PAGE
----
On Tuesday morning, RadioShack posted yet another quarter of glum earnings results. Comparable-store sales dropped by 7% due to declines in consumer electronics and mobility (two of RadioShack's three product groups). Pre-tax income of $3 million in the fourth quarter was significantly below fourth-quarter 2011 pre-tax income of $18 million, and unimpressive for what is usually a seasonally strong quarter.
For the full year, RadioShack lost $139 million; excluding taxes, the loss was $114 million. While RadioShack has a relatively strong balance sheet and trades below book value, the company has been destroying value at an alarming rate. RadioShack has hired a new CEO, but we don't know yet whether he will be able to craft a new strategy that turns RadioShack's business around. Until RadioShack shows some positive momentum, investors should steer clear of this value trap.
Cutting losses -- but not fast enough
On the earnings conference call, CFO Dorvin Lively noted that weak trends have continued into the current quarter, and he projected that RadioShack will see more earnings pressure in the first half of 2013. RadioShack has particularly suffered over the past two years from a deterioration in wireless gross margin. While the effects of that deterioration started to level off in the fourth quarter, management expects sequential margin erosion this quarter.
To combat the poor profitability of the wireless business, RadioShack recently announced that it is exiting its partnership with Target effective April 8. Since 2009, RadioShack has operated "Target Mobile" kiosks inside Target stores to sell postpaid phones and wireless contracts. This business was supposed to boost RadioShack's growth, but was consistently unprofitable.
The Target Mobile division lost $37.5 million in 2012, so exiting this business should improve RadioShack's financial position. However, that represents only about one-third of RadioShack's total pre-tax loss of $114 million, so the company will need significant improvements elsewhere to return to profitability. An additional worrisome prospect is that inventories grew by $164 million in 2012, despite declining sales. The loss of Target Mobile sales may make it hard to move RadioShack's current inventory without resorting to discounts that further pressure gross margin in 2013.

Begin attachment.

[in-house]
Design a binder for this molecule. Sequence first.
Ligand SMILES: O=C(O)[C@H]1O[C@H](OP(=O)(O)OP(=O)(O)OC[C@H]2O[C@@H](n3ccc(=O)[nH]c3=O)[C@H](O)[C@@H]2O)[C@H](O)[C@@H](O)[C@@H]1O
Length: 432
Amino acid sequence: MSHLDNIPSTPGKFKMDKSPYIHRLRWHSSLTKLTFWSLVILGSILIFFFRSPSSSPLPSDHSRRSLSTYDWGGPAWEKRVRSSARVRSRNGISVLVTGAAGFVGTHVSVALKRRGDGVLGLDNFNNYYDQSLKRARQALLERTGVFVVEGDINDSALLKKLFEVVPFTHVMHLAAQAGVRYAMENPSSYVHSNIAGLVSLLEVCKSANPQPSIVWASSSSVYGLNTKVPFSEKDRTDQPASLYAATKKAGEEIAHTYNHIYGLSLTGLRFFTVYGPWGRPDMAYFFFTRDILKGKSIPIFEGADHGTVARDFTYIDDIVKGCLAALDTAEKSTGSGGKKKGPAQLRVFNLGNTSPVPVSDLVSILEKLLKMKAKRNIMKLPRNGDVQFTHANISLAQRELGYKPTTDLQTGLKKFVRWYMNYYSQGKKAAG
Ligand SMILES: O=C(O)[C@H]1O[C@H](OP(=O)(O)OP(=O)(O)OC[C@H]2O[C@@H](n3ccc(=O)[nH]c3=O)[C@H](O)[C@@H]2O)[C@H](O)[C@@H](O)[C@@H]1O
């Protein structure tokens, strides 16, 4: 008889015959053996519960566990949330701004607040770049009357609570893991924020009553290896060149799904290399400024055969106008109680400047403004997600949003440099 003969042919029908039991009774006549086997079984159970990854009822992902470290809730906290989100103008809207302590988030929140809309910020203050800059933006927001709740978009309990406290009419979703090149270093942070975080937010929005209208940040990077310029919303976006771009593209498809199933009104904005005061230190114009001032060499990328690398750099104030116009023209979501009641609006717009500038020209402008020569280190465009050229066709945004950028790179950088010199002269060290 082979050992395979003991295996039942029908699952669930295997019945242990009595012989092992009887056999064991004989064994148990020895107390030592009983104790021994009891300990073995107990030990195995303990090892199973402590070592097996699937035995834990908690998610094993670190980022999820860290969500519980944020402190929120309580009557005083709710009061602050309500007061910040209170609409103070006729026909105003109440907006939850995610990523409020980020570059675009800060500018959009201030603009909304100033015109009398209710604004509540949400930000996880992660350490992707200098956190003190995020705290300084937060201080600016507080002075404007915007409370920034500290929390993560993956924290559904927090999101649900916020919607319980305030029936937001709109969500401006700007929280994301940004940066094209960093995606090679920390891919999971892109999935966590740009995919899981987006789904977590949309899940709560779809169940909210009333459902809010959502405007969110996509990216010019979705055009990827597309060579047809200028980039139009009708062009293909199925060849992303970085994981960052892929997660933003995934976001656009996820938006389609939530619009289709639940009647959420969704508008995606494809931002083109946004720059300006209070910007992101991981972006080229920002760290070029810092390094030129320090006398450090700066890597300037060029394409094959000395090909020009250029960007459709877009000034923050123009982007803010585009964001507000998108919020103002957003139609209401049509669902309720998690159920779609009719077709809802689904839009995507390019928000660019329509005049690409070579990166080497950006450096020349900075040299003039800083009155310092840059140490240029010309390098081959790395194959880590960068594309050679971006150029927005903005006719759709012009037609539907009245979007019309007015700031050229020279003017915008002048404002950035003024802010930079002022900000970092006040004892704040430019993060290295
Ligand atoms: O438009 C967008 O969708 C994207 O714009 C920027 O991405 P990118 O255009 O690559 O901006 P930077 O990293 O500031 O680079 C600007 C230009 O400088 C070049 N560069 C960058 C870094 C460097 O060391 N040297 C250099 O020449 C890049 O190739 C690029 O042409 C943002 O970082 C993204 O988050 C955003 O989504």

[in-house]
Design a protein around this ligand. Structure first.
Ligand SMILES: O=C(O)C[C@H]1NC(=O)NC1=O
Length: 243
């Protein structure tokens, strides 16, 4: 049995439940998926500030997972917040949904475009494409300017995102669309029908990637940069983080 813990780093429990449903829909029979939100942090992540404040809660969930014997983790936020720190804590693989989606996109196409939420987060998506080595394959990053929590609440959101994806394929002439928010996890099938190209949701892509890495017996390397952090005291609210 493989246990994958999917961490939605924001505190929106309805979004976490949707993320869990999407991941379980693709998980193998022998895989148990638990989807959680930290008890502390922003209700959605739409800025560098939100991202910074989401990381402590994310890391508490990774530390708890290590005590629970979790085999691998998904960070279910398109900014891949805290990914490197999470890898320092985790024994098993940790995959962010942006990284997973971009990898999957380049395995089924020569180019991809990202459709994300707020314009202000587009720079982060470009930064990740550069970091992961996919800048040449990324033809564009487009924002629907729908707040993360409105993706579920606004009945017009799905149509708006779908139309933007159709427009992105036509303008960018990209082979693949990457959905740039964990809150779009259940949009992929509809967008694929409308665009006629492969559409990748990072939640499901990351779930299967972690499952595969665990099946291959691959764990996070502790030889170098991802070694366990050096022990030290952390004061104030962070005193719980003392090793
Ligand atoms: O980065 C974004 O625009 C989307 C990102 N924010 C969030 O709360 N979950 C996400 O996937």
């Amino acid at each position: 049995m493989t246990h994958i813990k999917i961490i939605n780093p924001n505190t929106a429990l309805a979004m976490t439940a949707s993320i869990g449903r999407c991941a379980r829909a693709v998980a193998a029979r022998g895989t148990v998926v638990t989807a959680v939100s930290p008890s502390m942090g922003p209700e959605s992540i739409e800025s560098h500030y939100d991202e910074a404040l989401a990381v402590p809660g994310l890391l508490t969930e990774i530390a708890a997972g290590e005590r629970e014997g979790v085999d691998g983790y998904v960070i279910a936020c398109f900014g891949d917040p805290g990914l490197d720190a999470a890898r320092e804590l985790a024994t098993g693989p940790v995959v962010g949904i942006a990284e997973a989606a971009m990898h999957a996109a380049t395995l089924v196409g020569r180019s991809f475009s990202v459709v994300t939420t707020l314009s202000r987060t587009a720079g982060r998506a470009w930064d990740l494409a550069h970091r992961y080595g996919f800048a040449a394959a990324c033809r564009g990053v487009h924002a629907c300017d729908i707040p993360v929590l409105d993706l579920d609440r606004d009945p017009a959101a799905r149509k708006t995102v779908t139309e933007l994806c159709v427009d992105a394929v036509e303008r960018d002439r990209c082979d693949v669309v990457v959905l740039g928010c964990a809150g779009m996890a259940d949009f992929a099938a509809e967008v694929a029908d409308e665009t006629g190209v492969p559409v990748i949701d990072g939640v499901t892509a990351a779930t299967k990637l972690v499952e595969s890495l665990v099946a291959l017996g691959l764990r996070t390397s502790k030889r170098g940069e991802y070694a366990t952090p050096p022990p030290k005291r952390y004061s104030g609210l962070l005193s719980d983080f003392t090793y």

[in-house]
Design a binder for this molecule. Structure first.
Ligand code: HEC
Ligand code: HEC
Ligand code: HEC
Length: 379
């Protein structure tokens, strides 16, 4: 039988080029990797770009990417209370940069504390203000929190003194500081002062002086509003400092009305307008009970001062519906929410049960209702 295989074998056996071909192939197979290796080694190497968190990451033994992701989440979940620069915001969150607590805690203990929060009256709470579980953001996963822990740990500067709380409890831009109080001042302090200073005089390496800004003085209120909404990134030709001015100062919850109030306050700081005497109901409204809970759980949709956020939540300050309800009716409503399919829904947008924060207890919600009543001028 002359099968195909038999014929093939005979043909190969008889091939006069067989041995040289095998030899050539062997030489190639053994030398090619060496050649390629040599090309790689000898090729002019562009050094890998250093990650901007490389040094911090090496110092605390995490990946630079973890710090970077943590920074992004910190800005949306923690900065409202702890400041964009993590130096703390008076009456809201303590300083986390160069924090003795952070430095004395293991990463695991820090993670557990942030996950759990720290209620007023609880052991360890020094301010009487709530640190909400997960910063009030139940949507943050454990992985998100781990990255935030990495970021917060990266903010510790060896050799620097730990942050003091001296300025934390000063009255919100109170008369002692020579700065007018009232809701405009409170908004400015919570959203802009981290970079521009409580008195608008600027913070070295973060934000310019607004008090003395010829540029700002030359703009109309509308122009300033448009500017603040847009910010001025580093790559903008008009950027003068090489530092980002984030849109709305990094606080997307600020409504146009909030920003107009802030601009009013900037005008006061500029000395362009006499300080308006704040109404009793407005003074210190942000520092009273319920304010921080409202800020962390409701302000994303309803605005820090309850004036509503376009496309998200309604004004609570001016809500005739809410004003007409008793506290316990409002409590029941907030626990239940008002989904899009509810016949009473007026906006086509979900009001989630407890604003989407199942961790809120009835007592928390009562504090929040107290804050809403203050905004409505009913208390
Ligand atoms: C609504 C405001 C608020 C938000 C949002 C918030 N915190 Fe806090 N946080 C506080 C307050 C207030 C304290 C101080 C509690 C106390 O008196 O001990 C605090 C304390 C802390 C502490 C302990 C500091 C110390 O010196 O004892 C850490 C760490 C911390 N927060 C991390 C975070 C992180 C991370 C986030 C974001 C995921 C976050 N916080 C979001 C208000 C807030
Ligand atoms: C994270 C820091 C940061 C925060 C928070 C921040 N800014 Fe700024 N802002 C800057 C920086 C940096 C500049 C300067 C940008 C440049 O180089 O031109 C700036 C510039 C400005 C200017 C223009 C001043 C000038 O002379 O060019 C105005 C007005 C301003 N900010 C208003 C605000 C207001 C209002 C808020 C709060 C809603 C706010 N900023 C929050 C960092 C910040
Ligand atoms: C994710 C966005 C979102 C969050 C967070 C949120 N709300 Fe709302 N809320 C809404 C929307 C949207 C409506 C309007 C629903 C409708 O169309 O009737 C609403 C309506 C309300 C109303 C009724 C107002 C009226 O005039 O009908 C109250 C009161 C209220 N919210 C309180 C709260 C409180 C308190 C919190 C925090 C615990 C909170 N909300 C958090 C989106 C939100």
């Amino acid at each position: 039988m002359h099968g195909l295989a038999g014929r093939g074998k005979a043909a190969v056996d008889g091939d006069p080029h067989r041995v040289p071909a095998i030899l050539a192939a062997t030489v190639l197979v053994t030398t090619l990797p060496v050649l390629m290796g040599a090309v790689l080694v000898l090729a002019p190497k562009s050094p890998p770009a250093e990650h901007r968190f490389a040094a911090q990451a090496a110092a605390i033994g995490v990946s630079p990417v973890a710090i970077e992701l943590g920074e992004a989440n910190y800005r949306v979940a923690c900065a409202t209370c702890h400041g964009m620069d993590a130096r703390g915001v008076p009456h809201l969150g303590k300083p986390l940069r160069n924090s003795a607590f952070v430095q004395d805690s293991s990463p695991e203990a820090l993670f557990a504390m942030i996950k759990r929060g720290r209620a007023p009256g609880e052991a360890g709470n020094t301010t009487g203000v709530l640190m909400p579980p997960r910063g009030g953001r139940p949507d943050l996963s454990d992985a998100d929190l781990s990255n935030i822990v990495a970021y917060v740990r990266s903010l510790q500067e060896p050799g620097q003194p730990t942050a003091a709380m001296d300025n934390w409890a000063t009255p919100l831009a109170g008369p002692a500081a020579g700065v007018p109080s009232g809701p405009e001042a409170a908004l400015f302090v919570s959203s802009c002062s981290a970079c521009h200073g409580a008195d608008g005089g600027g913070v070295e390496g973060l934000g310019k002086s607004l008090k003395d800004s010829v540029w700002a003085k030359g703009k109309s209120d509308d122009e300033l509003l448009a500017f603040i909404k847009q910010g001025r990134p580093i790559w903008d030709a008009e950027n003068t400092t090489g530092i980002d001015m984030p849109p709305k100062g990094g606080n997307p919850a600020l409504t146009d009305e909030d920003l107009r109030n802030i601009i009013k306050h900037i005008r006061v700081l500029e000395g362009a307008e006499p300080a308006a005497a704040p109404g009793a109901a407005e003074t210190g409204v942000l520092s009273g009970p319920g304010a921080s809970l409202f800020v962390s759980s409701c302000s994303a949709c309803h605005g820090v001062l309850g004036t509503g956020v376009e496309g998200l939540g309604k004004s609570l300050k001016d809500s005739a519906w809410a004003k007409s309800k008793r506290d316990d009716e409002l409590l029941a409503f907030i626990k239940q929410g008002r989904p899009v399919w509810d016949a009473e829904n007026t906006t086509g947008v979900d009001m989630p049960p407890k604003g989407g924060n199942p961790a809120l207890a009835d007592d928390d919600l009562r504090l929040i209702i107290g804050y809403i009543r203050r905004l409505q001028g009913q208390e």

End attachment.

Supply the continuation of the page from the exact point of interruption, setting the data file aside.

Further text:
Book value: A moving target
For value investors, the attractive thing about RadioShack is that it is trading significantly below tangible book value of $562 million ($5.61 per share). However, it is worth noting that book value dropped by more than $150 million in 2012 alone. With more losses projected for the next few quarters, RadioShack's book value is quickly being eaten up by operating losses. As a result, book value does not provide RadioShack shareholders much of a safety net.
It is possible that new CEO Joseph Magnacca can turn the RadioShack business around. However, until he creates a turnaround plan and demonstrates its promise, the risks to owning RadioShack appear to be greater than the rewards.
To make a well-informed prediction on whether this 80-year-old electronics brand can once again become regularly profitable, investors need a 360-degree analysis of the company. If you're curious to learn more, take a look at our recent in-depth premium report covering all the opportunities, risks, and specifics that every investor should be aware of before deciding whether RadioShack is a buy or a sell. Simply click here now to claim your copy and start reading today.
The article RadioShack: Still Not Investment-Worthy originally appeared on Fool.com.
Fool contributor Adam Levine-Weinberg has no position in any stocks mentioned. The Motley Fool owns shares of RadioShack. The Motley Fool is short RadioShack. Try any of our Foolish newsletter services free for 30 days. We Fools may not all hold the same opinions, but we all believe that considering a diverse range of insights makes us better investors. The Motley Fool has a disclosure policy.